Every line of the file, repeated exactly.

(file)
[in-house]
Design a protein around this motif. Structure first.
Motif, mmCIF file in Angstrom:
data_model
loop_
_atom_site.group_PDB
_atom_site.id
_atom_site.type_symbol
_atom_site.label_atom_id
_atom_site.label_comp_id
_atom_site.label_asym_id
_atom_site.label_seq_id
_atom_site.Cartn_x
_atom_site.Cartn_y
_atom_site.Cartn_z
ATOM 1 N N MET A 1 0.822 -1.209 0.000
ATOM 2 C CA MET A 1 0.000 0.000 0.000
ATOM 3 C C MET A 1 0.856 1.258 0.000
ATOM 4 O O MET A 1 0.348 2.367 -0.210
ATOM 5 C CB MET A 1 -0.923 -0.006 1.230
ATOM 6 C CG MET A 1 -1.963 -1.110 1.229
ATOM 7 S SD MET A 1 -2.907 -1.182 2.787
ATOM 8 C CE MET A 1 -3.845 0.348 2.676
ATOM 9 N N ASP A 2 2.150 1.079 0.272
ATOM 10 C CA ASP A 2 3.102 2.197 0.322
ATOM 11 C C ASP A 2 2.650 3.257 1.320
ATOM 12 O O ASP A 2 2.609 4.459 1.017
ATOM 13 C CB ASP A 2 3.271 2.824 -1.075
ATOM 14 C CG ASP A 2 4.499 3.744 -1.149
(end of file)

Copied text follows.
[in-house]
Design a protein around this motif. Structure first.
Motif, mmCIF file in Angstrom:
data_model
loop_
_atom_site.group_PDB
_atom_site.id
_atom_site.type_symbol
_atom_site.label_atom_id
_atom_site.label_comp_id
_atom_site.label_asym_id
_atom_site.label_seq_id
_atom_site.Cartn_x
_atom_site.Cartn_y
_atom_site.Cartn_z
ATOM 1 N N MET A 1 0.822 -1.209 0.000
ATOM 2 C CA MET A 1 0.000 0.000 0.000
ATOM 3 C C MET A 1 0.856 1.258 0.000
ATOM 4 O O MET A 1 0.348 2.367 -0.210
ATOM 5 C CB MET A 1 -0.923 -0.006 1.230
ATOM 6 C CG MET A 1 -1.963 -1.110 1.229
ATOM 7 S SD MET A 1 -2.907 -1.182 2.787
ATOM 8 C CE MET A 1 -3.845 0.348 2.676
ATOM 9 N N ASP A 2 2.150 1.079 0.272
ATOM 10 C CA ASP A 2 3.102 2.197 0.322
ATOM 11 C C ASP A 2 2.650 3.257 1.320
ATOM 12 O O ASP A 2 2.609 4.459 1.017
ATOM 13 C CB ASP A 2 3.271 2.824 -1.075
ATOM 14 C CG ASP A 2 4.499 3.744 -1.149